Here's everything you need to get started with the project.
The project is designed to be easy to assemble. You don't need any special skills.
If you can solder, you can build it; if you can't, you can learn it. So it's not that hard 😊.
If you've soldered something and worked with Arduino before, you'll have an easier time. But it's not necessary.
I recommend watching some soldering tutorials on YouTube if you've never soldered before. I found this one to be quite good and concise: Soldering Tutorial for Beginners: Five Easy Steps.
|Soldering Iron and Solder
|To solder the components to the PCB. Any soldering iron should do, but I prefer the Pine64 Pinecil because it's open-source, USB-C powered and portable.
|To cut the header pins.
|To screw the case together.
|To prevent the backside of the OLED display from shorting out.
|To remove the plastic bit from the OLED header.
|To power the Hackheld and program it.
Additionally, you need a computer to program the HackHeld. Unfortunately, you can't program it with a smartphone or tablet.
You can buy the HackHeld Vega as a DIY kit from my shop: spacehuhn.store
|The PCB is the heart of HackHeld. It connects all the components.
|Gerber Files, JLCPCB
|The development board that powers the HackHeld. It doesn't matter which D1 mini you get, but I recommend the Lolin D1 Mini V4 with USB-C.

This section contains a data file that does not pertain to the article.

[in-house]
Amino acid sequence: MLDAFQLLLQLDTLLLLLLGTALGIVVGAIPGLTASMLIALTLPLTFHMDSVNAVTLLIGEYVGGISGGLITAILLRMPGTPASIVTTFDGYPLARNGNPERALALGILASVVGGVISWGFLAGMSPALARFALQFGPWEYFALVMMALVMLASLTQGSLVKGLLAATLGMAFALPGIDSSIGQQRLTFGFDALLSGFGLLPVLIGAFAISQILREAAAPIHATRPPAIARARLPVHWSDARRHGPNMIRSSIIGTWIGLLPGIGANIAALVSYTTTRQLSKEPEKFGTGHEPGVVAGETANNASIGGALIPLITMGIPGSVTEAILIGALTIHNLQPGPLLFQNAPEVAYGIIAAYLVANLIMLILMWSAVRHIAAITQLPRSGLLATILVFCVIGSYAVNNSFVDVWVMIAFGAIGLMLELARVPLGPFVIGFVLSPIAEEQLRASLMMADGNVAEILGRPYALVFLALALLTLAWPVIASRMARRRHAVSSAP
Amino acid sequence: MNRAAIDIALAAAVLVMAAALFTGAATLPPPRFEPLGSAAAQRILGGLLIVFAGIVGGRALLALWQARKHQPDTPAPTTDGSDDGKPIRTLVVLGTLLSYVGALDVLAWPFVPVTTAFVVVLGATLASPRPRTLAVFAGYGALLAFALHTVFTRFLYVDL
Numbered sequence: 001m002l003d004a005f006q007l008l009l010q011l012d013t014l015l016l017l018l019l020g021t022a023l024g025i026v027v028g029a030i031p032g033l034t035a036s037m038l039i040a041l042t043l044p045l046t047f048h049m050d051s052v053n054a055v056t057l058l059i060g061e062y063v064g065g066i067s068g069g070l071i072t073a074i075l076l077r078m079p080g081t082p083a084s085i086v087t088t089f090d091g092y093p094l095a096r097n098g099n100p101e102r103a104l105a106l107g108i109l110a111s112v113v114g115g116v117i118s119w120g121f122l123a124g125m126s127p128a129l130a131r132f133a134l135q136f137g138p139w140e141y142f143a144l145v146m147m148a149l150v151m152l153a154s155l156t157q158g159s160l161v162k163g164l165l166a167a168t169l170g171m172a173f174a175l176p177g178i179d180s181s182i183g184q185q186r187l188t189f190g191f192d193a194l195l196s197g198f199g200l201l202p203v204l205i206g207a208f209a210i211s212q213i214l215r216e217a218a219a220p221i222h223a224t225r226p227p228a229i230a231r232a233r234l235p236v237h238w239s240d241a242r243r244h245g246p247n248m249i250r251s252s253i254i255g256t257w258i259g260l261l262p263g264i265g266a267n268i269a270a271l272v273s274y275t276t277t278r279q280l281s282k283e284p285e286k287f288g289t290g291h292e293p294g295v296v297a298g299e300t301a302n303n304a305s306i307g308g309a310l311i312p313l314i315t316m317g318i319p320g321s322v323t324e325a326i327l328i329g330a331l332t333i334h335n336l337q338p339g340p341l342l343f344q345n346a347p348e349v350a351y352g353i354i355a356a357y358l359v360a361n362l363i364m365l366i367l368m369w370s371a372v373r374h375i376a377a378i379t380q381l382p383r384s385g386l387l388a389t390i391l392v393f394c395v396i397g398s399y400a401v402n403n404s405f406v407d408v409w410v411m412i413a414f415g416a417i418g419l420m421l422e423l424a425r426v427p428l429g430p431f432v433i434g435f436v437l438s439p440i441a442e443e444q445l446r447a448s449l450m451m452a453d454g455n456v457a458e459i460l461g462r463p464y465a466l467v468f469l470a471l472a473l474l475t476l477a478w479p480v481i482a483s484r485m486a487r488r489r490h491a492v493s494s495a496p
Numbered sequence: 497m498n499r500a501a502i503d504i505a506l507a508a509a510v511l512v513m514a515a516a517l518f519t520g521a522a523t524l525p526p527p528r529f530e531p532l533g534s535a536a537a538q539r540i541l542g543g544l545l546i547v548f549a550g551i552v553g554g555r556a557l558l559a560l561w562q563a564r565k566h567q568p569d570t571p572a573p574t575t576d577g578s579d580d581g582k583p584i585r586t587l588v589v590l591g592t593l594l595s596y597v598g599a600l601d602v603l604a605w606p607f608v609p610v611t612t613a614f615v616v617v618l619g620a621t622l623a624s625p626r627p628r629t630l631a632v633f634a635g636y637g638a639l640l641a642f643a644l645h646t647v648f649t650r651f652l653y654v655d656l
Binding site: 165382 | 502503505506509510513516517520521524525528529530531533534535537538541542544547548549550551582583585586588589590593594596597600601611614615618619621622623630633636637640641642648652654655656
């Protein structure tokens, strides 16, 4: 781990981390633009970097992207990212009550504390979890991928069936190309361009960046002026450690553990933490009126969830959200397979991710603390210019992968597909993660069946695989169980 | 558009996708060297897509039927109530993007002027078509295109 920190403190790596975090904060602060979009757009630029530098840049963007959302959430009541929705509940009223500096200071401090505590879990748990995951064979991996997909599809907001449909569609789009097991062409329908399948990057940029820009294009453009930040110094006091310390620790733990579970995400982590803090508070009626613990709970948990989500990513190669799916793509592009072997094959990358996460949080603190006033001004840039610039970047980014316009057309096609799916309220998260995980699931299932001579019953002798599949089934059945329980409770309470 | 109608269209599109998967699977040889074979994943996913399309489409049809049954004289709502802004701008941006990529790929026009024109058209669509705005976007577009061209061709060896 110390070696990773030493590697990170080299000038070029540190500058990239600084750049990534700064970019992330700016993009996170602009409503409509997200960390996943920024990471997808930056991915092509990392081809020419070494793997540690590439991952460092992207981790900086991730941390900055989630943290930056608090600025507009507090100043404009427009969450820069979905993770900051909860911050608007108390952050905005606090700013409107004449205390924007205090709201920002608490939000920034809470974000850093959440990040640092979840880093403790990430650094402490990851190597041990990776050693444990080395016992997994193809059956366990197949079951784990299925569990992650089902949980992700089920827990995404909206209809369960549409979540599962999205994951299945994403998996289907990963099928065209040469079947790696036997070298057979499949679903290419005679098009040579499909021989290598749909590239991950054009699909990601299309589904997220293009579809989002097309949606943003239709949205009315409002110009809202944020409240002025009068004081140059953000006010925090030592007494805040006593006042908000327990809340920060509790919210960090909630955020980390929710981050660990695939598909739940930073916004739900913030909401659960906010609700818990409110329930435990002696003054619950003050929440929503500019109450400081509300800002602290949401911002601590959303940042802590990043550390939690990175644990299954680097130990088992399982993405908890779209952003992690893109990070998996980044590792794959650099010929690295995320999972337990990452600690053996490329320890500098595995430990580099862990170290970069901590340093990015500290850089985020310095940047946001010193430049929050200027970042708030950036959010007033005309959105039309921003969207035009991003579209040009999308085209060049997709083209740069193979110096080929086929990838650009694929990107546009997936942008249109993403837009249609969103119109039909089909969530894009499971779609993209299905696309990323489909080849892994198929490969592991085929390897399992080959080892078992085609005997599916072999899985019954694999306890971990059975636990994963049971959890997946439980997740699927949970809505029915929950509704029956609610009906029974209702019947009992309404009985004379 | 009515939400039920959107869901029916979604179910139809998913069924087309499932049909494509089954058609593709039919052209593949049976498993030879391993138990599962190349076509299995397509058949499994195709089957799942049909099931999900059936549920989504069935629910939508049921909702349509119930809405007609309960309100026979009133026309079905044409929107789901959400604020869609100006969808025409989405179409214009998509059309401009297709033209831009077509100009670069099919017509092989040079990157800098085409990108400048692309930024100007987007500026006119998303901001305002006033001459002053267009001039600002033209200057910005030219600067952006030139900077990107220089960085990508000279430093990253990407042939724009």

|Amazon, Lolin D1 Mini V4
|OLED 1.3" SH1106
|The display of the HackHeld. It's a 1.3" OLED display with 128x64 pixels using the SH1106 driver. Make sure to use the 4-pin variant.
|A 10k resistor is needed as a pull-up for the left button. You can use a through-hole resistor or a 1206 SMD resistor.
|Amazon, AliExpress, AliExpress SMD
|6x6mm 4pin tactile push buttons.
|For 3D printing.
|4x M2 Screws
|To screw the case together. I bought 4mm long screws. They should be at least 2.5mm and not longer than 10mm.
Make sure the OLED pinout matches the one on the front side of the PCB. It must be compatible with
VDD GND SCK SDA. It's important that
GND are at the same place because some displays have them swapped, which would create a short circuit.
If you have the wrong display, there's a workaround.
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